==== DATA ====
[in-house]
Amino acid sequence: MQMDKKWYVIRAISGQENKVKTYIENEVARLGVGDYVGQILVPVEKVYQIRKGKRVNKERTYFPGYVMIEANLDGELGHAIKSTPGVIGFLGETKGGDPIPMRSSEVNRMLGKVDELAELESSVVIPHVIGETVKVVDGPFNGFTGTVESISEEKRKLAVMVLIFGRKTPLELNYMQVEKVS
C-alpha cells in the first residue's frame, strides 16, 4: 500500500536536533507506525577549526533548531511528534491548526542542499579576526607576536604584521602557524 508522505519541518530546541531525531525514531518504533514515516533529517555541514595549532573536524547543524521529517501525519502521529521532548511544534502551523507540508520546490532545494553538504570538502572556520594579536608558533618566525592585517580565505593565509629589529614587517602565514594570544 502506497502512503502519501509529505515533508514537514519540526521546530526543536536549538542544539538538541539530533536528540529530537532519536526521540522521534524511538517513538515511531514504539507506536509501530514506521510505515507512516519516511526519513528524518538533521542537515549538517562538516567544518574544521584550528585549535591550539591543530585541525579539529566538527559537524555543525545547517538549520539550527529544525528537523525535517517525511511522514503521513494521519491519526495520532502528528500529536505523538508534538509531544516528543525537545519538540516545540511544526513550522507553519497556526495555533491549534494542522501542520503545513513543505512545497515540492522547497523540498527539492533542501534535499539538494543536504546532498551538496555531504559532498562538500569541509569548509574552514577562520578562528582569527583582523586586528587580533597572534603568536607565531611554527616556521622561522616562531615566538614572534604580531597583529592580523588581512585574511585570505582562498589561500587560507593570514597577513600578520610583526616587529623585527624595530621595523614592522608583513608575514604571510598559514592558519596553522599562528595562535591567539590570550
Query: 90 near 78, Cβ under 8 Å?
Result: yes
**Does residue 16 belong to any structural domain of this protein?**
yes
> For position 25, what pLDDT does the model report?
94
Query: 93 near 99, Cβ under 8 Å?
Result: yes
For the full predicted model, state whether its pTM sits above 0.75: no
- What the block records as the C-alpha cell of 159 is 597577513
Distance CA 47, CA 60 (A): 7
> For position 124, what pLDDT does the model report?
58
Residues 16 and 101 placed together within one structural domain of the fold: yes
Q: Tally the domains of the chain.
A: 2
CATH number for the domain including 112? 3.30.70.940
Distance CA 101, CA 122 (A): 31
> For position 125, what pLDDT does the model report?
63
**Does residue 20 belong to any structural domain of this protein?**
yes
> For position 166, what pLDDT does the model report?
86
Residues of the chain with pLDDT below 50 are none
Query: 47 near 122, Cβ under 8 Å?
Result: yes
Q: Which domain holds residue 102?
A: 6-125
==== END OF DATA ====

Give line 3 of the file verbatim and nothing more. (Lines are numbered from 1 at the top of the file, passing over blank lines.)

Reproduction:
C-alpha cells in the first residue's frame, strides 16, 4: 500500500536536533507506525577549526533548531511528534491548526542542499579576526607576536604584521602557524 508522505519541518530546541531525531525514531518504533514515516533529517555541514595549532573536524547543524521529517501525519502521529521532548511544534502551523507540508520546490532545494553538504570538502572556520594579536608558533618566525592585517580565505593565509629589529614587517602565514594570544 502506497502512503502519501509529505515533508514537514519540526521546530526543536536549538542544539538538541539530533536528540529530537532519536526521540522521534524511538517513538515511531514504539507506536509501530514506521510505515507512516519516511526519513528524518538533521542537515549538517562538516567544518574544521584550528585549535591550539591543530585541525579539529566538527559537524555543525545547517538549520539550527529544525528537523525535517517525511511522514503521513494521519491519526495520532502528528500529536505523538508534538509531544516528543525537545519538540516545540511544526513550522507553519497556526495555533491549534494542522501542520503545513513543505512545497515540492522547497523540498527539492533542501534535499539538494543536504546532498551538496555531504559532498562538500569541509569548509574552514577562520578562528582569527583582523586586528587580533597572534603568536607565531611554527616556521622561522616562531615566538614572534604580531597583529592580523588581512585574511585570505582562498589561500587560507593570514597577513600578520610583526616587529623585527624595530621595523614592522608583513608575514604571510598559514592558519596553522599562528595562535591567539590570550